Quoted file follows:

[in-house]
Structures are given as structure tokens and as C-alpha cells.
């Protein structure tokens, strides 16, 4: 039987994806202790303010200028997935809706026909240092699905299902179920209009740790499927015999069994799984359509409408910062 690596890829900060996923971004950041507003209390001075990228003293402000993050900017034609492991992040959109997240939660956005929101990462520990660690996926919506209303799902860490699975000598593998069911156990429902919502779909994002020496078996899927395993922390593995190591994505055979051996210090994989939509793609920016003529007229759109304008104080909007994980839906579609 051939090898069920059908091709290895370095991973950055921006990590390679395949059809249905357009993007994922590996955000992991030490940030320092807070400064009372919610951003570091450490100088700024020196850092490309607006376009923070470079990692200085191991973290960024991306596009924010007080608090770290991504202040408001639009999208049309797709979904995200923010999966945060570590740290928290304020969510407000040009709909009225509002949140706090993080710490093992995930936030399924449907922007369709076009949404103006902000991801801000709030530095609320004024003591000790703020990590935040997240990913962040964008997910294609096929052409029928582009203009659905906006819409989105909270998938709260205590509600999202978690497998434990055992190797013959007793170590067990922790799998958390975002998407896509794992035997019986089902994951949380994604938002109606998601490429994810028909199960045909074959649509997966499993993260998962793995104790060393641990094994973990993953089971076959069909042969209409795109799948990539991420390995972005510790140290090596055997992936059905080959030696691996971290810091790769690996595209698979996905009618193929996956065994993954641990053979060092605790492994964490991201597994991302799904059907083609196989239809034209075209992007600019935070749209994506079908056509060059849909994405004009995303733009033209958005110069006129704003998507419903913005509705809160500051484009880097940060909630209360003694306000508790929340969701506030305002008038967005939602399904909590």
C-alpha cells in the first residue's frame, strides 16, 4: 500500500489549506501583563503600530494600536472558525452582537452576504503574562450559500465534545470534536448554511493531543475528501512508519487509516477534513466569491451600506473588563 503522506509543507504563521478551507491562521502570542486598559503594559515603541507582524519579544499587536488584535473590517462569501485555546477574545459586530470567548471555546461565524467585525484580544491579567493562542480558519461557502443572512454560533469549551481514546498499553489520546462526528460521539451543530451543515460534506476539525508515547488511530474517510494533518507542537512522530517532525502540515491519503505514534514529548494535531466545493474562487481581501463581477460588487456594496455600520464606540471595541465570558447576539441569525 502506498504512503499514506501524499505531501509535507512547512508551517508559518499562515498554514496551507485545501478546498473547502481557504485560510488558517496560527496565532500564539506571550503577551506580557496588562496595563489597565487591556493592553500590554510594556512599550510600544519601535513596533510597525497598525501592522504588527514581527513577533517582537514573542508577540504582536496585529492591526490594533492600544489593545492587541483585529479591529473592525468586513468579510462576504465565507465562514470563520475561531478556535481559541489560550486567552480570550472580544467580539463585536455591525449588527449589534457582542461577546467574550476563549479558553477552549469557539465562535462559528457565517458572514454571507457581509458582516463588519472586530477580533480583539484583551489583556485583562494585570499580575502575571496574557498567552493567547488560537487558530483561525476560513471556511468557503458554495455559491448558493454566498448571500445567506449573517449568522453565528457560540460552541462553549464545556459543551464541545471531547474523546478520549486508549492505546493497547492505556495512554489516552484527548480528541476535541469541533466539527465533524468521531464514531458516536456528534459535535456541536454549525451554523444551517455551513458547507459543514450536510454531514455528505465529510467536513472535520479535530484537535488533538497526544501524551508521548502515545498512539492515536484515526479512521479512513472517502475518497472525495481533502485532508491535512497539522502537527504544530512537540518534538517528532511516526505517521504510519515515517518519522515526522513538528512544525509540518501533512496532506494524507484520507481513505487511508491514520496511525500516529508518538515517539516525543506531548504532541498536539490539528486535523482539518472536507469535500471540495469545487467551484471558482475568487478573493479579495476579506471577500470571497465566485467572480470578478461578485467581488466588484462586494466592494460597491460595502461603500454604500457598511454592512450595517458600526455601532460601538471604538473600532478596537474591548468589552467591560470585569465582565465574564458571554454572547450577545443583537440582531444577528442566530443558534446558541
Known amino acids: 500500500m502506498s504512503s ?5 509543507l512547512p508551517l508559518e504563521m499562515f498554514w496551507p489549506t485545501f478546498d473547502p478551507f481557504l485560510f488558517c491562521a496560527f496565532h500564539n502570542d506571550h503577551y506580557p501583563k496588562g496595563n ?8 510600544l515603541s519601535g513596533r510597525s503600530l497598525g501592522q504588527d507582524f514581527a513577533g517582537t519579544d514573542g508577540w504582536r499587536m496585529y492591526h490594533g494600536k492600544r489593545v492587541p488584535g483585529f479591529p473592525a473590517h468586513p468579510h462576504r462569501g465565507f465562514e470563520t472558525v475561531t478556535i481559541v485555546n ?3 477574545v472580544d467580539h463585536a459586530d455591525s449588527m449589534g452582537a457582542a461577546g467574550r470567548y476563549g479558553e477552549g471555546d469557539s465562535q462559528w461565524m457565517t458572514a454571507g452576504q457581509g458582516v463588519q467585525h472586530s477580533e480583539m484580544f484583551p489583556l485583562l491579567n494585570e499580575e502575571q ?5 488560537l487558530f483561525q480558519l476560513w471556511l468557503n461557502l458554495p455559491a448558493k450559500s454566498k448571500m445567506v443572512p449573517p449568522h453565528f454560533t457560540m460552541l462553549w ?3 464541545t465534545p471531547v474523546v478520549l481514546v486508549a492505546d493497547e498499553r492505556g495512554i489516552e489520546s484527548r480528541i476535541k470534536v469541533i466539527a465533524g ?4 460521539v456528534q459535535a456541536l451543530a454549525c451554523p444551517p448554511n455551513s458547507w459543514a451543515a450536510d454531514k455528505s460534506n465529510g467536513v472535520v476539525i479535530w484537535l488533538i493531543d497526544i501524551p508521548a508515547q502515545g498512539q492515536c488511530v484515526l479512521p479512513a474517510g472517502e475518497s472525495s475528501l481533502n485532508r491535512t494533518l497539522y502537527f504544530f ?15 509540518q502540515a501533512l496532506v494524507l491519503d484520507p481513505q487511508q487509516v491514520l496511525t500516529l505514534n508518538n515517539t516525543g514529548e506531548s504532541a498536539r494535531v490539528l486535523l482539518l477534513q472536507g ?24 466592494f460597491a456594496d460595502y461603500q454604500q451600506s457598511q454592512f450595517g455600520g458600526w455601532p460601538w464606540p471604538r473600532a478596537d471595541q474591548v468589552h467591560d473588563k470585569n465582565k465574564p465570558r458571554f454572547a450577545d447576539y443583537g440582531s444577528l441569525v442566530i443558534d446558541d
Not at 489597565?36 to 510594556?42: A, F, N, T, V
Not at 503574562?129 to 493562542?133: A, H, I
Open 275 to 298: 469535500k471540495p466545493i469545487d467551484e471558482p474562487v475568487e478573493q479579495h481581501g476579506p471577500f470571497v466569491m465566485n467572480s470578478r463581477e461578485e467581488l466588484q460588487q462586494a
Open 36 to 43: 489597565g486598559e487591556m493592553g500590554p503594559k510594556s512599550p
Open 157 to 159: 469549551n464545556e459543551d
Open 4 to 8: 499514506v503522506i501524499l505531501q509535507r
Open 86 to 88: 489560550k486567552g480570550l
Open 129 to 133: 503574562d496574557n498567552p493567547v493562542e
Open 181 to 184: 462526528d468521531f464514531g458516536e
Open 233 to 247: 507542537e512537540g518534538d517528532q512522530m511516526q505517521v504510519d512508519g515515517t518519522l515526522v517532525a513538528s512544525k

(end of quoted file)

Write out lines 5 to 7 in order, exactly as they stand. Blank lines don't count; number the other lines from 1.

Known amino acids: 500500500m502506498s504512503s ?5 509543507l512547512p508551517l508559518e504563521m499562515f498554514w496551507p489549506t485545501f478546498d473547502p478551507f481557504l485560510f488558517c491562521a496560527f496565532h500564539n502570542d506571550h503577551y506580557p501583563k496588562g496595563n ?8 510600544l515603541s519601535g513596533r510597525s503600530l497598525g501592522q504588527d507582524f514581527a513577533g517582537t519579544d514573542g508577540w504582536r499587536m496585529y492591526h490594533g494600536k492600544r489593545v492587541p488584535g483585529f479591529p473592525a473590517h468586513p468579510h462576504r462569501g465565507f465562514e470563520t472558525v475561531t478556535i481559541v485555546n ?3 477574545v472580544d467580539h463585536a459586530d455591525s449588527m449589534g452582537a457582542a461577546g467574550r470567548y476563549g479558553e477552549g471555546d469557539s465562535q462559528w461565524m457565517t458572514a454571507g452576504q457581509g458582516v463588519q467585525h472586530s477580533e480583539m484580544f484583551p489583556l485583562l491579567n494585570e499580575e502575571q ?5 488560537l487558530f483561525q480558519l476560513w471556511l468557503n461557502l458554495p455559491a448558493k450559500s454566498k448571500m445567506v443572512p449573517p449568522h453565528f454560533t457560540m460552541l462553549w ?3 464541545t465534545p471531547v474523546v478520549l481514546v486508549a492505546d493497547e498499553r492505556g495512554i489516552e489520546s484527548r480528541i476535541k470534536v469541533i466539527a465533524g ?4 460521539v456528534q459535535a456541536l451543530a454549525c451554523p444551517p448554511n455551513s458547507w459543514a451543515a450536510d454531514k455528505s460534506n465529510g467536513v472535520v476539525i479535530w484537535l488533538i493531543d497526544i501524551p508521548a508515547q502515545g498512539q492515536c488511530v484515526l479512521p479512513a474517510g472517502e475518497s472525495s475528501l481533502n485532508r491535512t494533518l497539522y502537527f504544530f ?15 509540518q502540515a501533512l496532506v494524507l491519503d484520507p481513505q487511508q487509516v491514520l496511525t500516529l505514534n508518538n515517539t516525543g514529548e506531548s504532541a498536539r494535531v490539528l486535523l482539518l477534513q472536507g ?24 466592494f460597491a456594496d460595502y461603500q454604500q451600506s457598511q454592512f450595517g455600520g458600526w455601532p460601538w464606540p471604538r473600532a478596537d471595541q474591548v468589552h467591560d473588563k470585569n465582565k465574564p465570558r458571554f454572547a450577545d447576539y443583537g440582531s444577528l441569525v442566530i443558534d446558541d
Not at 489597565?36 to 510594556?42: A, F, N, T, V
Not at 503574562?129 to 493562542?133: A, H, I